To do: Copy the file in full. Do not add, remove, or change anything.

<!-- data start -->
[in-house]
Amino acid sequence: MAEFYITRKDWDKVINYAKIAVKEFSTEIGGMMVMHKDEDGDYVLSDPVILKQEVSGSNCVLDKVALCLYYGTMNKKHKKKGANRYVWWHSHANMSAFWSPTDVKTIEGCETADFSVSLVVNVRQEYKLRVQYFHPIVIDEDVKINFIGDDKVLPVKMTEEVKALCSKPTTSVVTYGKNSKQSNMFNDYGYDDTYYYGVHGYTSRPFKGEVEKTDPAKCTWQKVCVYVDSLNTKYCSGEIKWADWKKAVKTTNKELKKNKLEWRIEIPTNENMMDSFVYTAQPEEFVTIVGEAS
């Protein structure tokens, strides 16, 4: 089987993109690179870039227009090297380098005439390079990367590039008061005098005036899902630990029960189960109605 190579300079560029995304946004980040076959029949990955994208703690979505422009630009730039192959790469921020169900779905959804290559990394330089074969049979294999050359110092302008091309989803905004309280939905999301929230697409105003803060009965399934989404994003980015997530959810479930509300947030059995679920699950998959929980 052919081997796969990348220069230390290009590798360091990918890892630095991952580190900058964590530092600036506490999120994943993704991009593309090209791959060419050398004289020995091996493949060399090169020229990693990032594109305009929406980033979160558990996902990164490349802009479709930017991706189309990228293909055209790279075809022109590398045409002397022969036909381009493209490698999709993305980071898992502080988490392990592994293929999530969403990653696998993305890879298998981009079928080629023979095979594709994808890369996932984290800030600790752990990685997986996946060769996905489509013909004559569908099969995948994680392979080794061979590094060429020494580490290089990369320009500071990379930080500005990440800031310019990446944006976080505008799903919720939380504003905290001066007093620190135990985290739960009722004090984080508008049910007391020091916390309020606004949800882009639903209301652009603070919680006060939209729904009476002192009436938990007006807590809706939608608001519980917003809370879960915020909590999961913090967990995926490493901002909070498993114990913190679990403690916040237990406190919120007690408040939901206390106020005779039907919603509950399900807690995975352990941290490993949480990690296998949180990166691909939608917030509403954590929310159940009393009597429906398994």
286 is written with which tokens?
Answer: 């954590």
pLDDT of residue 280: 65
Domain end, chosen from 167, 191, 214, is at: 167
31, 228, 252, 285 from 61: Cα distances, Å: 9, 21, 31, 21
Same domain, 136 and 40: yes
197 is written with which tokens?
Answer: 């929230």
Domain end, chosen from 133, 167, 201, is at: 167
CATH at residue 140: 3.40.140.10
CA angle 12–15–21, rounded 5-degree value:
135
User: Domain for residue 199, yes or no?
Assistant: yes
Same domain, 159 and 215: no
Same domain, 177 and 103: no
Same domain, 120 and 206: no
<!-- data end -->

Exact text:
[in-house]
Amino acid sequence: MAEFYITRKDWDKVINYAKIAVKEFSTEIGGMMVMHKDEDGDYVLSDPVILKQEVSGSNCVLDKVALCLYYGTMNKKHKKKGANRYVWWHSHANMSAFWSPTDVKTIEGCETADFSVSLVVNVRQEYKLRVQYFHPIVIDEDVKINFIGDDKVLPVKMTEEVKALCSKPTTSVVTYGKNSKQSNMFNDYGYDDTYYYGVHGYTSRPFKGEVEKTDPAKCTWQKVCVYVDSLNTKYCSGEIKWADWKKAVKTTNKELKKNKLEWRIEIPTNENMMDSFVYTAQPEEFVTIVGEAS
């Protein structure tokens, strides 16, 4: 089987993109690179870039227009090297380098005439390079990367590039008061005098005036899902630990029960189960109605 190579300079560029995304946004980040076959029949990955994208703690979505422009630009730039192959790469921020169900779905959804290559990394330089074969049979294999050359110092302008091309989803905004309280939905999301929230697409105003803060009965399934989404994003980015997530959810479930509300947030059995679920699950998959929980 052919081997796969990348220069230390290009590798360091990918890892630095991952580190900058964590530092600036506490999120994943993704991009593309090209791959060419050398004289020995091996493949060399090169020229990693990032594109305009929406980033979160558990996902990164490349802009479709930017991706189309990228293909055209790279075809022109590398045409002397022969036909381009493209490698999709993305980071898992502080988490392990592994293929999530969403990653696998993305890879298998981009079928080629023979095979594709994808890369996932984290800030600790752990990685997986996946060769996905489509013909004559569908099969995948994680392979080794061979590094060429020494580490290089990369320009500071990379930080500005990440800031310019990446944006976080505008799903919720939380504003905290001066007093620190135990985290739960009722004090984080508008049910007391020091916390309020606004949800882009639903209301652009603070919680006060939209729904009476002192009436938990007006807590809706939608608001519980917003809370879960915020909590999961913090967990995926490493901002909070498993114990913190679990403690916040237990406190919120007690408040939901206390106020005779039907919603509950399900807690995975352990941290490993949480990690296998949180990166691909939608917030509403954590929310159940009393009597429906398994």
286 is written with which tokens?
Answer: 């954590």
pLDDT of residue 280: 65
Domain end, chosen from 167, 191, 214, is at: 167
31, 228, 252, 285 from 61: Cα distances, Å: 9, 21, 31, 21
Same domain, 136 and 40: yes
197 is written with which tokens?
Answer: 């929230």
Domain end, chosen from 133, 167, 201, is at: 167
CATH at residue 140: 3.40.140.10
CA angle 12–15–21, rounded 5-degree value:
135
User: Domain for residue 199, yes or no?
Assistant: yes
Same domain, 159 and 215: no
Same domain, 177 and 103: no
Same domain, 120 and 206: no